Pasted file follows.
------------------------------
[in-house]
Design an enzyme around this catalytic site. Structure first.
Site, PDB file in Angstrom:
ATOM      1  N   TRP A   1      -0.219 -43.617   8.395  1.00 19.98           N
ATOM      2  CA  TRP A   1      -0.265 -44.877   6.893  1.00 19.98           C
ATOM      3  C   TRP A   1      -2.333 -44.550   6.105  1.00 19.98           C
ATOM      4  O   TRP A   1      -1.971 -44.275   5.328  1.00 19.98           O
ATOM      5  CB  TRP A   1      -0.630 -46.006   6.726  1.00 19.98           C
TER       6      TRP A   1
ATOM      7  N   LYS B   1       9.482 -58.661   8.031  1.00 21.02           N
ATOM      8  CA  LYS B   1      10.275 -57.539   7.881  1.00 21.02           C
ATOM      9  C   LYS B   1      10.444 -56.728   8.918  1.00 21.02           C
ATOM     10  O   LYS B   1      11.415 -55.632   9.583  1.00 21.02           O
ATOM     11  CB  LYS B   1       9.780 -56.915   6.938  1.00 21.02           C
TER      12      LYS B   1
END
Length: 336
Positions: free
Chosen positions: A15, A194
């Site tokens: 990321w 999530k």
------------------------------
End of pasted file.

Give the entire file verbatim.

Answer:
[in-house]
Design an enzyme around this catalytic site. Structure first.
Site, PDB file in Angstrom:
ATOM      1  N   TRP A   1      -0.219 -43.617   8.395  1.00 19.98           N
ATOM      2  CA  TRP A   1      -0.265 -44.877   6.893  1.00 19.98           C
ATOM      3  C   TRP A   1      -2.333 -44.550   6.105  1.00 19.98           C
ATOM      4  O   TRP A   1      -1.971 -44.275   5.328  1.00 19.98           O
ATOM      5  CB  TRP A   1      -0.630 -46.006   6.726  1.00 19.98           C
TER       6      TRP A   1
ATOM      7  N   LYS B   1       9.482 -58.661   8.031  1.00 21.02           N
ATOM      8  CA  LYS B   1      10.275 -57.539   7.881  1.00 21.02           C
ATOM      9  C   LYS B   1      10.444 -56.728   8.918  1.00 21.02           C
ATOM     10  O   LYS B   1      11.415 -55.632   9.583  1.00 21.02           O
ATOM     11  CB  LYS B   1       9.780 -56.915   6.938  1.00 21.02           C
TER      12      LYS B   1
END
Length: 336
Positions: free
Chosen positions: A15, A194
């Site tokens: 990321w 999530k």